Killdeer on Ocracoke Island, NC, Jan. 6, 2018. Photo: Peter Vankevich
A Killdeer on Ocracoke Island, Jan. 6, 2018. Photo: Peter Vankevich

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By Peter Vankevich

Ocracoke has many visitors that have arrived with the recent exteme cold and storm systems in the region. These are not people, especially with the cancellation of many ferry runs, but birds — and lots of them.

One of these, a shorebird known as the Killdeer, has been seen in yards throughout the village and alongside of the Irvin Garrish Highway heading into the village.

The Killdeer (Charadrius vociferus) is a medium-sized plover and gets its English name comes from their distinctive “kill deer” cry.

You can identify them by their brown back and wings, a white belly and breast that has two distinctive black bands. In flight, the lower back is tawny orange. The face and cap are brown with a white forehead.

These plovers can be seen year-round in varying numbers, but rarely in the high numbers  seen in the past few days. In fact, just one Killdeer was reported at Springer’s Point on Dec. 30, the day of the Christmas Bird Count.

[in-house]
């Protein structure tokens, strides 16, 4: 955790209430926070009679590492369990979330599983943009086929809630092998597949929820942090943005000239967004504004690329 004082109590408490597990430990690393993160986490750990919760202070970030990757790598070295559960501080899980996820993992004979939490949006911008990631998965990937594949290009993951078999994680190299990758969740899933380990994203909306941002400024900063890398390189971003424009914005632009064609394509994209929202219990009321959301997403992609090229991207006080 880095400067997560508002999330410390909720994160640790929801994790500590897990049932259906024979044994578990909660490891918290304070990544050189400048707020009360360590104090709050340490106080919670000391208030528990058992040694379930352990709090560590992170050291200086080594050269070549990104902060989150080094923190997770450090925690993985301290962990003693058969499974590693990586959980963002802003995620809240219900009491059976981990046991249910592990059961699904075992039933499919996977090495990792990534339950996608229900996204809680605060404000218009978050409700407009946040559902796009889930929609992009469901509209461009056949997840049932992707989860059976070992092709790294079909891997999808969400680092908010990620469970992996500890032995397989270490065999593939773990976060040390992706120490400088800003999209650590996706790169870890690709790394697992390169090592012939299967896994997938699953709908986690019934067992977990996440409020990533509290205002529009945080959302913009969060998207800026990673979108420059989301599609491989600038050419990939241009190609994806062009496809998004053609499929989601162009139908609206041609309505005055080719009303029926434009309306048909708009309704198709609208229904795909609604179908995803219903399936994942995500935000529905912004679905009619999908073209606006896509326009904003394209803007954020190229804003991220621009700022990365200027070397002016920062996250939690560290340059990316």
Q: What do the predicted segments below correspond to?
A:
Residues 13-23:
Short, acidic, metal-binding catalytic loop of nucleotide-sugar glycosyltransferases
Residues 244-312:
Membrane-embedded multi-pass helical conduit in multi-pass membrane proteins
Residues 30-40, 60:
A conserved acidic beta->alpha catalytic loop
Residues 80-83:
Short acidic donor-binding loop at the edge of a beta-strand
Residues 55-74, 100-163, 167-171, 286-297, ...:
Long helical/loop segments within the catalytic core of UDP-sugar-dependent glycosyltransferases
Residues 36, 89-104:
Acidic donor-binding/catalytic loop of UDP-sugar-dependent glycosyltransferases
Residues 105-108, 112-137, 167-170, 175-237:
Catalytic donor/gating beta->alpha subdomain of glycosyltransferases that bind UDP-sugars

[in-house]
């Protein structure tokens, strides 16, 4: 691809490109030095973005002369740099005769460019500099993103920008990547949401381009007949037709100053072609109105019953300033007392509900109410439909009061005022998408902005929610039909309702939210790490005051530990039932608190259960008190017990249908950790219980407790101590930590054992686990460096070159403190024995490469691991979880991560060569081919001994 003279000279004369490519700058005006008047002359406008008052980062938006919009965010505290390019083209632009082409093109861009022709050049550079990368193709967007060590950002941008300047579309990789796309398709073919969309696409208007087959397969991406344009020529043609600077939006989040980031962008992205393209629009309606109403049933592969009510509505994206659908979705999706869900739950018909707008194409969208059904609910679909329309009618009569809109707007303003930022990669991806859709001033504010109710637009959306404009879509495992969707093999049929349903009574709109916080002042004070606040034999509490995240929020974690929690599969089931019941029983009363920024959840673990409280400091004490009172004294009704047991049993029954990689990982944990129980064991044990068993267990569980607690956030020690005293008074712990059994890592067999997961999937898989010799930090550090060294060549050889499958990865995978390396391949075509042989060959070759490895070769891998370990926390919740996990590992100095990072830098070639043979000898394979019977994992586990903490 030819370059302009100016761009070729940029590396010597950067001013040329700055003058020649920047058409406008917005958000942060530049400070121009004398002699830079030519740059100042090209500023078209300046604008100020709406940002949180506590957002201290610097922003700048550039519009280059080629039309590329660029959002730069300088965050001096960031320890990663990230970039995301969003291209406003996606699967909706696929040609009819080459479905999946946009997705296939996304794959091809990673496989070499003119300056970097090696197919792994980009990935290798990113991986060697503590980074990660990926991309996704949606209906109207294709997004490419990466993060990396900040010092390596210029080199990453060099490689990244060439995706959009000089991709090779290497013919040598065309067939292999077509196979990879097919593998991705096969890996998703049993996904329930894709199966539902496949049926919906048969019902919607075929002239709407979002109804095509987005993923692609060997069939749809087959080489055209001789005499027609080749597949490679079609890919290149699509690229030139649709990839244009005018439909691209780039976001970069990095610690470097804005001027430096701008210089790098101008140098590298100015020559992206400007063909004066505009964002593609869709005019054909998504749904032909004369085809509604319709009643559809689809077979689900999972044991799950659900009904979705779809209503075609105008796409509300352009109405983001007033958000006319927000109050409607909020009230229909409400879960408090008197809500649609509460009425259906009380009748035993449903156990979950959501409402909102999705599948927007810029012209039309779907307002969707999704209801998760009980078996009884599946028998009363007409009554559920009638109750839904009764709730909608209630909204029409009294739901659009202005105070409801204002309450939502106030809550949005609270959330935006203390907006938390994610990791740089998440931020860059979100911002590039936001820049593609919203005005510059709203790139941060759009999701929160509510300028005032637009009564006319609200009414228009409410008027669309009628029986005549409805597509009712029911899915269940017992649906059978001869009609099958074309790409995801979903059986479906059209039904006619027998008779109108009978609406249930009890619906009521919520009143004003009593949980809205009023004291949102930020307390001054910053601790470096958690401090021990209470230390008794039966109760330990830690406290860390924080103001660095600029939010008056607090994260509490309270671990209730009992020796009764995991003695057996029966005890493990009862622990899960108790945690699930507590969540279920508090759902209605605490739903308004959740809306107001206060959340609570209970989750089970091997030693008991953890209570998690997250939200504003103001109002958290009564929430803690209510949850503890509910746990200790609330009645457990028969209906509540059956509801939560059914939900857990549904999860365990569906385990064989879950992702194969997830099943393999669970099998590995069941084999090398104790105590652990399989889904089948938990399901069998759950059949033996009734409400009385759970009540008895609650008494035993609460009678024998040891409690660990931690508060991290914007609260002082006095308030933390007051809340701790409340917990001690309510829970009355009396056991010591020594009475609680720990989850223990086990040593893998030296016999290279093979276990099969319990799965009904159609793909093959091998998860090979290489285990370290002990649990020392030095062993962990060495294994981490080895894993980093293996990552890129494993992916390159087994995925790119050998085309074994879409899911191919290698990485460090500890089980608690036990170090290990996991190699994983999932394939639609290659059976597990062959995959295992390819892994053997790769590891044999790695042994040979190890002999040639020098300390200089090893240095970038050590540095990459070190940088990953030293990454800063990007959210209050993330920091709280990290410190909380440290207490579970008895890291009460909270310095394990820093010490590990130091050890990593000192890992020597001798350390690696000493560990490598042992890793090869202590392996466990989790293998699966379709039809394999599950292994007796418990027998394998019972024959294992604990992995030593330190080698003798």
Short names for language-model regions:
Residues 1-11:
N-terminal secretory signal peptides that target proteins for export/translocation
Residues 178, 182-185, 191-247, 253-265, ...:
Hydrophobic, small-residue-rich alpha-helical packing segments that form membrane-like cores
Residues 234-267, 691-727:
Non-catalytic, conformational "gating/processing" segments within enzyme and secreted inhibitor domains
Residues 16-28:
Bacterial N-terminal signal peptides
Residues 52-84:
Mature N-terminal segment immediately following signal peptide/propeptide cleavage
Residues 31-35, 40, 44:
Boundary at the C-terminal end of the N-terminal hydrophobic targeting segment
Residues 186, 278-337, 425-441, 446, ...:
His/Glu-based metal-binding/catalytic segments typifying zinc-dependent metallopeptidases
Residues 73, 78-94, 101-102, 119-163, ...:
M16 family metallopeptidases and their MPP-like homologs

They probably moved in due to the snow and cold weather in the region and headed east — not south — in search of food.

To read more about Killdeer on Ocracoke, click here.

Wilson’s Snipe on Ocracoke January 7, 2018. Photo by Peter Vankevich

Lots of American Robins and American Pipits can be seen in the village right now. Another usually secretive marsh bird, the Wilson’s Snipe, can be seen feeding along the sides of the Irvin Garrish Highway. Pipits are similar in plumage and size to the very common Yellow-rumped Warbler and can be distinguished by white outer tail feathers in flight. They are also ground feeders.

These birds can be seen from a safe distance. Observers should not spook them by getting too close. They are already stressed from the extended cold and need to spend time feeding.

American Pipit on Ocracoke January 7, 2018. Photo by Peter Vankevich
American Robins in the village. Photographed Jan. 6, 2018 by Peter Vankevich


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  1. Thank you Peter for your birding stories. Love to hear about the types of birds that visit during the winter.

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